A wheelchair user interacts with the Foley Room at ACMI - Adam Gibson
Image credit: Adam Gibson
Stories & Ideas

Tue 14 Feb 2023

Process Change: New audience, new needs

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Your museum of screen culture

The pandemic opened up access to new audiences for arts and culture and has forever changed how and when our publics choose to engage with various artforms.

This panel will explore how organisations are responding and new forms of research that needs to be undertaken to understand the lives of our communities. Distinguished Professor Larissa Hjorth joins ACMI’s Head of Experience, Product and Digital, Lucie Paterson, and Fiona Tuomy, Artistic Director of The Other Film Festival & Manager, Digital Innovation, Arts Access Victoria to discuss paths forward in design, research and inclusive practice.

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This transcript was machine-generated and published for search and accessibility purposes. It may contain errors.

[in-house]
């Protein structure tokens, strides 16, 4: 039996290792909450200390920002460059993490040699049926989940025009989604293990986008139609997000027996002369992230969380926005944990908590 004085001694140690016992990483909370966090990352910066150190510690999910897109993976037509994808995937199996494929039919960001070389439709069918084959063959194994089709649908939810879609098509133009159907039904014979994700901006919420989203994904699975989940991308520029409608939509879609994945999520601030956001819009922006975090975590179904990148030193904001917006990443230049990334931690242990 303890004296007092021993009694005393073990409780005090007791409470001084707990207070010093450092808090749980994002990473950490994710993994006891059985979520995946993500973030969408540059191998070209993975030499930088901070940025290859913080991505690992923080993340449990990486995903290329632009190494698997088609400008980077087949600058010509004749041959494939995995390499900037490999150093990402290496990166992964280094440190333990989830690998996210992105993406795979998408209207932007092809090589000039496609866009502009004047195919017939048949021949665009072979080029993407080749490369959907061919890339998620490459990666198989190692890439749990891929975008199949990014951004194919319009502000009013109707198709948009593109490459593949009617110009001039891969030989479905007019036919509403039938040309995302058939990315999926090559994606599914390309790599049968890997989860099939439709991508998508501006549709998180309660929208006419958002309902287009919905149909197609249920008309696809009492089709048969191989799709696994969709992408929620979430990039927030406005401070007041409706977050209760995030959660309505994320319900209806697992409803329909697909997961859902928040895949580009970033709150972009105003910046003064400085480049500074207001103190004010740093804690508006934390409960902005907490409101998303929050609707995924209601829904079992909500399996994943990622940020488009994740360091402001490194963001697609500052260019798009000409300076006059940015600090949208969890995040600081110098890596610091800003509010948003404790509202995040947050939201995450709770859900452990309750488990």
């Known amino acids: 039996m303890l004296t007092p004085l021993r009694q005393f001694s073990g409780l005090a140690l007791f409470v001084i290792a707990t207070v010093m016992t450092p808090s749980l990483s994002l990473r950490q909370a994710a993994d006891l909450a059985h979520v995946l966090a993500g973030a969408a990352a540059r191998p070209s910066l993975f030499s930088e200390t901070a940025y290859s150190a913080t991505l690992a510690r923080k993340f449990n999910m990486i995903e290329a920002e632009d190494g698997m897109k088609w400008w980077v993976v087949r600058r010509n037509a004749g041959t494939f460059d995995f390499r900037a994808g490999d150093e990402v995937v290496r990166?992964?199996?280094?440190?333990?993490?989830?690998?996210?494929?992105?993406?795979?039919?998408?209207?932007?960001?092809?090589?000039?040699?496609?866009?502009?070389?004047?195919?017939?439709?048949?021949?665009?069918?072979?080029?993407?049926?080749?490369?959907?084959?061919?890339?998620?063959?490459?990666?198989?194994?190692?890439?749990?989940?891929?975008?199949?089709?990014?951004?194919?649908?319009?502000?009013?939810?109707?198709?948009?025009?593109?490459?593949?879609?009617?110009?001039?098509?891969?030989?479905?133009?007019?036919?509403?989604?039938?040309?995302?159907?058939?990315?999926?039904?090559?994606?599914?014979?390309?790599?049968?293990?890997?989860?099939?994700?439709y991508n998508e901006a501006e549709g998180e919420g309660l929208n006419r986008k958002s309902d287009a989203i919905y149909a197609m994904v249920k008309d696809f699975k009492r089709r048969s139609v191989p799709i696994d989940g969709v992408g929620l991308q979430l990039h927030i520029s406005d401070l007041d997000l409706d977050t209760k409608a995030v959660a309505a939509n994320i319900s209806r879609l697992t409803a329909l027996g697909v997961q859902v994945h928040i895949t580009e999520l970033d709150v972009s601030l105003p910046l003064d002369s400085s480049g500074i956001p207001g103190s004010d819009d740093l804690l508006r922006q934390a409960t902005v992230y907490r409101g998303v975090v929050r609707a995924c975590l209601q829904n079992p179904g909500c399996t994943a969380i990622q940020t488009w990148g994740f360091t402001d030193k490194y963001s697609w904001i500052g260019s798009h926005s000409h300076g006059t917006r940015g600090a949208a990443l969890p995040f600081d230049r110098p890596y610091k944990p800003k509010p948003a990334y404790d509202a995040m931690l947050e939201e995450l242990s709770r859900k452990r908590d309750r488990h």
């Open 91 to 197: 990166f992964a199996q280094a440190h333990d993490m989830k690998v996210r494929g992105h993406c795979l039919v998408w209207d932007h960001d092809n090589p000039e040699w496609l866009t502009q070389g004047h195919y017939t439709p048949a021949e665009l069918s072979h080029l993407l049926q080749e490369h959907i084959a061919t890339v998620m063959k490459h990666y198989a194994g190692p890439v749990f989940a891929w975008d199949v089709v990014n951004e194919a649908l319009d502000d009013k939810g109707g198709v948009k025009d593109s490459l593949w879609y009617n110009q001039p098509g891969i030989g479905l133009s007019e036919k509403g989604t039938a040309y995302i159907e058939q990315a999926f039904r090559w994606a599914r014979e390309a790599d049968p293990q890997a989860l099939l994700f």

Thank you. Hello, everyone. We'd like to acknowledge the people of the Wurrung and Wurrung language groups of the eastern Kulin nation on the Wurrung language group. We would like to acknowledge the people of the Wurrung language group. We would like to personally acknowledge their ancestors and elders, past, present and emerging. Always was and always will be. Okay. Well, it's really interesting seeing heads with bodies, isn't it? It's really like wow, who would have expected that? Wow, that's a huge amount of information. That's a huge amount of information. That's a huge amount of information. Life after Zoomlandia. Thank goodness. Wow, excellent. This panel is going to talk about some of those kind of very much the social life of the digital and to put the digital back into context perhaps some of the ways in which the digital has actually opened up for new audiences. One of the things that we're also going to do, so we've been rapidly changing how we're going to talk. Okay, you haven't been able to hear me at all, have you? You did? Right, wonderful. So because this session is about audiences, we really wanted to make sure that you as an audience can actually have lots of Q&A time. So we've been rapidly changing things behind the scenes because over the last day and a half, we've got to start to understand just how diverse this audience is. So we really want to, we don't want to be a panel of just rhetoric and oxymorons, no, tautologies. We want to actually, oxymorons, we want to actually allow you to have some time. So we're going to ideally go for half an hour and then we're going to open up to you. So a lot of what we're going to be saying is kind of seeing how diverse this audience is. So we're going to be talking about how we're going to be able to have a lot of time to talk about different things. So we're going to be talking about how we're going to be saying is kind of seeds of thoughts or prompts or probes to allow you as an audience to be active members and to really participate in this conversation. But Fiona, would you like to say something about life after Zoomlandia? Yeah, yeah, no. Well, there is in one theory for a lot of people, we're in the life after Zoomlandia. But for many of us, and you know, in Australia, we, there's something like 47 per cent of Australians have underlying health conditions. So they're particularly in the disabled community, people who may be immunocompromised, whether you identify with disability or not. I've taken the risk today, I've come in person, I'm sitting here with a mask. I prefer not to, but you know, have to wear a mask, but it's a reality. So I think what the challenge is, is that for whole communities and for audiences, you know, Zoom or other incredible things that we were able to actually expose and do during the official pandemic, because the pandemic isn't over, you know, we're starting to see that fall away, but the need and that social, the injustice and these discriminations that many people in our society experience and were experienced before the pandemic, it's still there. So I think partly with this panel, it's exciting to explore, isn't it, where we're at, but where we could be and how we can all, I suppose, contribute to respecting everyone in the community. And we've seen a lot of challenges during the pandemic, but we've also seen some opportunities. So what we'll be doing is fleshing some of that out. But we've decided to run this panel, past, present, future. So each of us are going to just do a little riff about past, present, future to give you a little bit of context for what we do and where we're coming from, where we're sitting and where we'd like to go, and hopefully some of those conversations will connect with you as an audience. Okay, so this is my slide. So Hello Kitty on a Phone. So over 20 years ago, I was living in Japan and doing work around mobile media. And this is for me where it really started, where I started looking at the social life of the digital. And what was really, really amazing for me was seeing the rise of what was the first mobile internet, first smartphone, if you like, was actually about how much it was embedded in placemaking and embedded in kingship. And I think we need to really bring that on the table when we're thinking about the digital, is that the digital, when it's useful, when it is really meaningful, is when it's actually reinforcing that kingship. And it might be kingship in terms of intergenerationality. It might be kingship. And I'm not just talking about biological kingship. It might be kingship with our more than humans. Animals, I mean, look over the pandemic. How many cats came across our screens or dogs interrupted? I mean, really what it highlighted was one in three Australians prefer animals over humans. So let's just sit with that for a moment. But this phone, Yoko was talking me through these Hello Kitties. These Hello Kitties were not about her just finding her mobile phone in her bag, although that's very useful for location because it's so big with all those Hello Kitties. But every Hello Kitty she could tell a story about, about a place that she had been with a person. And so it was about memory making. It was about storytelling. It was about place making. And what we can see is that the digital continues to do that. It can enhance some of those very things that during the pandemic really were disruptive, that sense making. And often we use the digital to try and reinforce or re-enhance that sense making mechanism. I'm going to go next. I'm going to talk a little bit about the last seven years that I've been working here at ACMI in digital roles. And I really liked what Jane said yesterday about the digital role being a change maker role. And it definitely feels like that. It's always, you're always sort of pushing the boundary, trying to move the organisation ahead and forward and also really trying to get people in your organisation to do things that are harder and different. So I think, yeah, that really resonated with me. I come from a digital product background, so really looking at business needs, user needs and technology and how those things all come together. And digital product management is very much about focusing on strategic projects and initiatives that are aligned to your organisation's priorities to move forward and very much connecting with audiences. So I guess coming from that background and then working in museums and galleries in the cultural context, digital products and services can be quite sort of siloed and quite to the side. But at ACMI, the idea was really that it needs to be integrated throughout everything we do so that all of our programmes, we're thinking of products and that we're kind of moving that sort of labs idea that Paula was talking about yesterday, but integrating it much more into our business as usual. Or operational work. I'm really interested in how we use experience design and digital innovation and systems thinking to improve the experience that people have in our museum, if that's online or in the building. And also with the systems thinking piece and the tools and processes and workflows that we all use internally, how the lives of our teams can be better and how the kind of collaboration and participatory sort of tools that we use internally can actually build empathy and trust and make better things for our audiences as well. So this is a couple of photos of the lens. So the lens is something that we introduced when we reopened a couple of years ago at ACMI and it lets you collect everything that you like and that you make in the museum and then you can log in and go home later and explore what is on it. So if you haven't gone downstairs and experienced it, it would be great if you would. It's had really great feedback from a lot of our visitors and it's been really successful. We know much more about our visitors now, so we didn't used to have much information about the people that were going into our permanent free unticketed exhibitions. And now 20% of these visitors are actually logging in. So we're finding out much more about how they move through time and space, about what their interests might be and at some point in the future we'll be able to look across the kind of last two years and spot trends of what's changed based on our programme. These are also audiences, so when we talk about new audiences, these are new audiences that we didn't know anything about really beforehand. All of that data is obviously anonymous and all of that. And some things around why for the lens. So I think when you're going through the exhibition collecting things, even if you're not looking when you get home, there's an intentionality when you're going through and sort of thinking about things that you're interested in that even helps with the memory making piece that Larissa was talking about as well. It's a souvenir that you can take home, the ACMI brand is in your house and all of those things. And then we've talked quite a bit about infrastructure as well in the symposium and the lens is made possible because we built and invested in a big piece of infrastructure called the Experience Operating System. And when we talk about new audiences, it means now that we've built this infrastructure and we've made this huge investment and we're fortunate we have developers in-house who can continue to build on that investment when we identify new audiences, when we identify new needs. So some of the things that we've developed since opening for new audiences are automating transcriptions for all our videos on our collection online, made a commitment to have captions on all of our videos with dialogue online and in the galleries, automating large print labels in our exhibitions and working on translations and multilingual in the future as well. And also remote access for researchers to view digitised works. I'm going to throw to Fiona now to talk a little bit about our collaboration on Cinema 3, our video streaming platform with the other film festival. Thanks, Lucy. So perhaps you could, you know, I think what's important for ACMI Cinema 3 in terms of the platform, it's on Shift 72, isn't it? So for us with the other film festival, we first came across Shift 72. We worked with MIF, Melbourne International Film Festival. So a couple of years ago, I think at the height, here in Melbourne in the lockdowns and the pandemic, a whole lot of to use that dreaded word pivot, a whole lot of film festivals around the world, but MIF was one of the leaders and one of the first to use the Shift 72 platform. And it's so great that ACMI, you have this platform and for us with the other film festival, it was, you know, we were already working kind of in partnership with ACMI, so it made a lot of sense rather than us going off and having our own platform to, you know, work in partnership and utilise the Cinema 3 platform. So just to circle back a little bit, so coming from Arts Access Victoria, some of this you might know that all, but if you don't, we're one of Australia's leading arts and disability organisations. We're based here in Victoria. We're in our 50th year. We're also, depends on which funding hat, we have to keep kind of looking, saying different things for different funders to be honest. So we're also in that way for Creative Victoria here, we're funded as a service organisation, so as much as we produce work and work very directly with the deaf and disabled community of artists and audiences, we're also in some ways Victoria's disability arts peep body. So when, and then equally the other film festival that's been running for 20 years, but actually before the pandemic, I mean I think I've been in this role roughly, it's, well, working directly on the film festival for about four and a half years. We ran our last traditional, what I would call the traditional film festival back in 2018, as in it wasn't live streamed, it was the model that TOF, the film festival worked to was, it ran every two years and it was for three or four days. So then what I really, and my team, what we dismantled, we dismantled that model and because what I realised being a film maker as well, it's not just the content, it's the power and agency, the process of who's actually making the work and who's getting to tell the stories. And so that is of interest to us rather than just, oh look at that film, it's got disability content. We also, I don't know if I mentioned that already, so for AIV our kind of vision is cultural equity for deaf and disabled people. We're very much grounded in the disability rights movement, the social model of disability, disability pride, disability justice, shifting to a self determination framework. And so all of those things inform the programme and what I wanted to share with you, which we've got the video, is I did invite Kath Duncan, who is quite a well known disabled artist and advocate to guest curate the programme and the great thing about Cinema 3 with this platform, you know, that you can have not the films but also individual bonus content. So this is just the general intro and I just want to share with Kath because it really shows the point of view represented for this and also the kind of energy we tried to bring, which did really successfully connect with the audience. This year the other film festival with Alter State goes, Flaunt. I'm Kath Duncan and flaunting is pretty much my favourite thing to do. Flaunt started from a joyous dive into freaks and the world of the freak show that desire to reveal ourselves unashamedly and boldly in all our power and vulnerability, to flaunt our secrets and the extremes, love and poverty, discomfort and resilience, sex and shame and blow it all up and out and into the open, to take pride in even the ugly bits. The films may shock and surprise you, expect tension and conflict, they're intense for both disabled and non-disabled audiences. These films expose our unexpected, unusual and unseen ways of being in the world. It's new ground for all of us. Flaunt films are confronting films. Flaunt is not shy. Shyness is overrated. It's free to flaunt. All films are audio described and captioned. They highlight deaf and disabled people in key creative roles as writers, lead performers, directors and producers. Flaunt is the display of disabled and deaf power. Join us with the Flaunt films online with me, Kath Duncan, your guest curator at ACMI Cinema 3. Just to add to what Fiona was saying, it was hugely enjoyable, the partnership that we had with AAV on this project and for all of our rentals last year on Cinema 3, a third of them were through the TOF Festival, so again, another new audience for us that we would not have known previously and now we can have more conversations with AAV about having an in-person session as well later in the year, so always, yeah, just lots of opportunities. I think we're already talking, if Ben's here, about, he was saying, Flaunt, you've had lots of inquiries, so we may, we'll probably do a hybrid, you know, re-present some of this again. But Lucy, the other thing is, and that was the thing with TOF, I mean, 20 years ago, roughly 20 years ago when it first started, one of the reasons it started was that major film festivals weren't offering captioning, audio description, you know, really key access, so the term the other, there's been a lot of debate about that, but that was very, remember the term, the term of essentially, that was a very fashionable term, and, but that was something too, we worked very closely with your team and I think, you know, the upside of, you know, we as an organisation benefit and our benefit a lot for our community, but for you at ACMI, it meant we did a lot of work too on the access side and just even a lot of that you were doing there already or it was just how it was presented and how it was kind of clear, and I suppose you've got some examples too about why the things you're doing at ACMI as well. Yeah, there's just a couple of other examples. So these are our large print exhibition labels that we've worked on and wouldn't have probably got there as quickly if we hadn't have been doing the partnership with AAV and now this is a commitment for all of our exhibitions and these are printed out and available on site for visitors and also a sensory guide that's in testing at the moment for the How I See It exhibition which supports visitors with just helping them to understand what to expect in each space from a sensory experience perspective. Right, now we're into present. I feel like we're kind of already in present. Yeah. Yeah, okay. I just want to kind of bring the conversation to methods and thinking about methods. There's been a lot of stuff around using big data or to kind of look at Instagram likes and that has driven a lot of the kind of metrics for museums and kind of datafying audiences but I'm really interested in what data can't capture and really those kind of gaps and I just want to quickly just speak to a project which my colleague Ingrid Richardson who's over there we worked on and I think Brendan's there. I think, can I see Brendan? Anyway, this was about looking at, this was an Australian Research Council grant which looked at games inside the home and what we did is we followed 60 households over three years to actually put games in context. One of the biggest problems about these discussions about the digital and games et cetera is that they often are taken out of context and become scapegoats for broader social issues and so if we can put it into context then we can start to actually understand what are some of the kind of opportunities, the limitations as well. So this is a very kind of understanding kind of what it is in our mundane lives and how we make sense of it. So in this project we went inside people's homes and followed them and ethnographers are really interested in the mundane so the kind of stuff that you would not want to talk about we find really fascinating and we use all these different methods to try and get you to talk about these tacit practices because these tacit practices are actually how you make sense of the world. And so we'll use various different methodologies like with Ingrid we explored haptic ethnographies which is actually about thinking about the haptic screen and the way in which that creates different embodied relationships with media and when we went into homes we thought when we were doing our ethics application it was like yeah we're going to be going into people's homes and we're going to be looking at people and devices and that's it. And sure there'll be something about intergenerational literacy probably and of course we found that but then we also found when we were going into interviews cats getting in the way, dogs getting in the way and then we realised that actually they weren't getting in the way they were actually core to the conversation because what was happening there was the more than human in that digital kingship model. So next slide, there's an example. So really using methods not as just tools, blunt tools that we go in and go bang, bang, bang, you know how many likes we're here but actually using them as ways of seeing in the world and ways of being in the world. And so methods change if we really listen deeply to the field methods change in and through the field. And so no method remains untouched. So ethnography as a process is always ongoing. And so this idea of ethnography as trying to map rather than the snapshot of the moment and taking it out of context, understanding it as a dynamic rhythm. Okay, so yes that project kind of basically got us to think about the idea of taking new models of digital kingship, also thinking about the intergenerational and as we're seeing with ageing populations, you know disability will be on the rise and you know how are museums actually engaging with this in really meaningful ways which are not tokenistic but actually celebrating the vulnerabilities. I think it was really great about that video. Understanding this is actually an opportunity for digital inclusion rather than a barrier to and I think here I'm nodding to Indigo's fantastic talk yesterday which was really addressing what the Australian Digital Inclusion Index is doing. And that we do really need to innovate our methods and we can't just rely on the algorithm kind of big data kind of stuff to give us meaningful stuff because it won't. It will just flatten things into snapshots. So we really need to think about those methods and use them in really, really robust ways that understand that they are shaped in and through the field. And so we are in the, so this is kind of past, present. So myself and Indigo, Jacina and Adi worked on this project looking, this was pre-pandemic, looking at ACMI and digital wayfaring. So digital wayfaring is this idea. Wayfaring is the kind of rhythms and routines of everyday life. But digital wayfaring is the idea of embodied knowing. So that idea of proprioception, you know when the knowing body as we're moving through things and understanding that the weaving in of that digital social material can't actually be pulled apart. And so if we can't pull it apart, how can we actually start to think about those methods on the move and how they can bring us new kind of possibilities for understanding audiences. So this project really tried to think about like what happens when we take that Instagram moment and hashtag it and then the thoughts and processes that go after that, the stuff that the data doesn't collect, how can we actually engage with that? So this project was really trying to do that work. And that's then led to successful Australian Research Council linkage which is RMIT, ACMI and Australian Galleries and Museums Association working on a project thinking about the digital and social museum futures which I can talk about in question time. Let me say, I might just add, because when we talked when we met up is that for the film festival, when we do it IRL, we often use wafering as a way of access. So this digital wafering is really exciting to me because it's like you could take that and have this access component. So an example of the wafering, and it was very simple, but say our festival is based here at ACMI and we just make it very clear if you're getting the train from Flinders Street, which is another reason being in ACMI for us is an example. And for one of our main funders, the City of Melbourne, that's something we get measured on is how accessible are your venues. So wafering in that context for us in access, it may be this is, we will literally have someone walk or roll from the different public transport spots, so Flinders Street Station or where the nearest trams are, and for us it's also notifying where the nearest wheelchair accessible trams, if you're parking, and then we'll literally have wafering, this is something to look out for, this is a stop. Or it can also be, in the case of the other film festival, they've always pretty much had orange T-shirts because we may have, and I've had this for another program I worked on at Rideability out of the Wheeler Centre, sometimes we actually literally had to have people on street corners or whatever depending on different people's access needs to help them find their way to come up to their space. So anyway, it's very exciting to see digital wafering because the possibilities and how that could be expanded. And I think giving that voice also to the multisensorial ways in which we can experience the world is really kind of crucial for addressing diversities and being really inclusive about it, and it enriches everybody's lives. And for us we still have to have that balance of, I suppose, hybrid or that multimodal way that you can do digital, but you also may need, killing a tree, having paper or having that physical person. And that's something too, I think, Lacey, there's been work with your staff and visitors, it just can be small things that can make a huge difference to how inclusive things become and accessible for audiences. Yeah, I think so. Often we get a bit excited about QR codes and we think, oh, we'll just pop a QR code somewhere and someone will be able to access anything we want online, but we've actually found that printing some of the stuff for people has actually, it feels very old school, but has actually been much more effective and useful for people. You heard that example of that grandfather in New Zealand who was going around QR coding and he was actually just taking pictures of them because that's what he thought he had to do. So I think there's something about that also, the conversation about access and literacy is two different things and I think I'd also like to take up something in terms of yesterday's discussion, but I think sometimes there can be a little bit of ageism around those discussions. There's still that little thing of like, oh, yes, we'll give all the new technologies to the young people because they know what they're doing. It's like, yes, they've grown up with it, but that doesn't necessarily mean that they really understand it in terms of literacy. So I think there's something there in terms of teasing that conversation out. Sorry, QR coach, just get me. As you know, in the disability community technologies, for some people who may not speak, you know, you have voice, literally speak with a voice or, you know, it's been transformative and that power and agency that, you know, people who may be non-verbal, et cetera, different things, it's actually quite, you know, it's incredible. Yeah, so. And it reminds me, SMS was actually invented for the deaf community and then teenagers did it and then that's what happened. Well, that's the big thing we know with access, like the things that can come from it, you know, you make it's a classic, the wheelchair accessible building, then people with anyone with mobility issues, so that could be, you know, could be older people, but also could be parents with prams. So, you know, there's a whole lot of, by actually sometimes meeting these needs of one particular community, you open up for more. But I'll just say quickly, one of the things, and we're going to bring this to ACMI, we've started doing at AOV, is that we are benchmarking digital access, so we're using Flaunt as one example, our checkpoint, Nebula, that was outside, outside of Melbourne last year as part of the Old State Festival. We do a monthly, everyone is welcome to come, we're going to do some hybrids this year, the gathering, but also last year we do a lot of exhibitions, but we did one in partnership with Emerging Writers Festival, it's called By My Bed, and that we invited a whole lot of disabled, chronically ill writers to take photos of what they may have by their bed, because a lot of us at times even work from bed and write about it. And that was at No Vacancy Gallery, but we also had that, it's still available online on our website. So there was all very, when we, you know, on a smaller scale, and ACMI do it with exhibitions, how we will create QR codes, but the other access it will have available, and I think the session before was talking about organisations, there is a lot we're learning now to do in house, and we can do, we can live stream, we can do a whole lot of things, because we're committed that we will offer either hybrid or digital first options, you know, and it does take time and more organisation, but it is possible, but that is a commitment of solidarity to our community, so please know I say this with respect, but even me coming today and this not being live stream, I have to question, and I thought, well, I'm actually probably going to do more good sitting up here on stage, rather than not coming, but that solidarity, that this, for people that cannot leave their homes for whatever reason, you know, are still self isolating, et cetera, these are really critical issues, and there's a whole lot of reasons why things can or cannot happen, but I think, and I know ACMI are very mindful of it and very respectful of it, so I think it's evolving, and I try to be optimistic. I think as well what you were saying, Fiona, about trying things in house and doing more, and that I think we've really learnt a lot in our partnership with you, and just now can, we do a lot of testing now and have people come in from the AIV community who have lived experience to test our products and services with us, and it's, yeah, it's a much more authentic offer now, but there's also much more, I think, trust building in that community to actually, you know, if we don't have it perfect the first time, we're still asking, we're engaging, we're inviting them in to create these things with us, so I think it might take longer to get to something kind of really great across everything we're doing, but yeah, there's a lot of trust there. Well, that's a form of investment in itself. I think we have, I mean, I'm not entirely, but we have this service, it's called like a mystery shop ask, you know how there was always that theory, like when I was growing up that supermarkets had these mystery shoppers, and so that would be a cool job, but we kind of do that, that you have different access requirements, I think there was one just at the moment the other day, someone came in, you're not knowing that they're coming in, but they were testing, you know, sensory access requirements, but that's something that we do with ACMI, but a lot of different organisations, and it becomes a really, because then you get that feedback in the report and you can kind of target straight away. I was going to just briefly touch on, but can also do it in the question time, just about our new kind of focus on research and evaluation, particularly with Indigo joining the team and building much more of a function into the whole organisation, so instead of just digital, it's going to be across everything we do, which is really exciting. There we are, and we are there now, welcome. That can be the audience, you can be the future. So I wanted to just, in terms of the future, just one of the things that when thinking about the digital is, you know, the kind of what we're leaving behind, and I think a lot of the panels, I loved the archive, I mean I've loved all of it, like thank you very much for the wonderful experience, but the archive session yesterday where talking about the kind of material legacy issues is really, and the waste culture and the fact that the digital is really, really implicated in this, in really, really complex ways. So I think we also need to have a bit of a pause for reflection as well in terms of thinking about its ramifications. So one of the things I loved is this thing that I read, which was like basically in five years' time Facebook will have more dead users than living users, now some would argue that it's already full of dead users, it's dead, it's Facebook, but using that as a provocation, you know, what does it mean that when we're living with data of the dead? And thinking about, you know, what happens to it? Who owns it? Where does it go? Does it get sold? You know, there was this really interesting case with Holly Gazard in the UK where basically she was killed and she was basically killed by her boyfriend when she dumped him, he killed her. And so imagine with the parents, they're looking at Facebook and all those pictures of her, their happy, dead daughter is with the boyfriend cum killer. So they contacted Facebook and said we want to, because all her pictures were on there because she was a young generation, everything was there. And they said she didn't have a data legacy in her, so if nothing else you can take away, go home, look at Facebook and make sure they're in the digital legacy dimension, that you actually put somebody as stewarding your data afterwards because otherwise Facebook owns it and they're like, sorry, we can't touch it because she didn't sign off on it and she didn't know to sign off on that. So of course a web sheriff came in, which had like the new generation of like coming in and kind of keeping people honest and they went and basically hacked the whole system to get rid of the boyfriend cum murderer. But you know, we can't all expect web sheriffs to come and save our day. So I think the point is that actually thinking about some of that kind of future implications of data and you know, that it actually, data has really real material impact in the world and so do we really need another Instagram picture of that? Or you know, so just thinking a little bit more carefully about how we use it and thoughtfully I think is something that is really something that we need to consider. So I did this little installation where I got people to respond to it and it was quite funny how some people were quite fickle and some people were actually quite thoughtful in their responses about where their data might go and what might happen to it and its afterlives. So as well as thinking about the social life of digital while in its life, we also need to think about in its death as well as a continuum. So I'm kind of taking the future, not to death, but you know, to think about it, to put it in that kind of space just to resonate. The other thing I just wanted to bring back to was I had just an example of an exhibition recently that I participated in which was for the Big Anxiety Festival and I think that was an exhibition where curated by Grace McQuilton, the design hub, which was the Children's Insorium which was addressing children between two and 11, particularly mental health issues and also neurodiversity and so the whole space was designed by Anthony Clark who does, he specialises in autism and designing space around that and then also with Naurit, Boomerang elder, Naurit Caroline Briggs came in to design it around the Kulin nations and I think that was for me a really, really fascinating experience about how we could change things differently for audiences in terms of firstly thinking about what it means to make work on unceded lands and how we are engaging our storytelling with that but also thinking about the multisensorials so the space had all these areas that kids could go and hide in because it was like sensory, it had plants and it had things that people could play with and lots of playful moments but it also had moments where people could just take time out and I think given the pandemic, what we're seeing with the pandemic, a lot of people are burnt out, a lot of people have fatigue and so having that kind of built in, that kind of mechanism I think is something that we really need to think about in the future, the sustainability issues I think is really, I just want to put it there. I mean this might have already been discussed but digital sovereignty is a huge part of the digital cultural strategy that Australia Council has. I think it's a really well written and really good strategy but I just wanted to sort of throw that in there. I'd like to thank you as our active audience for being active and I'd like to thank our panellists and you, Louisa, too. Thank you.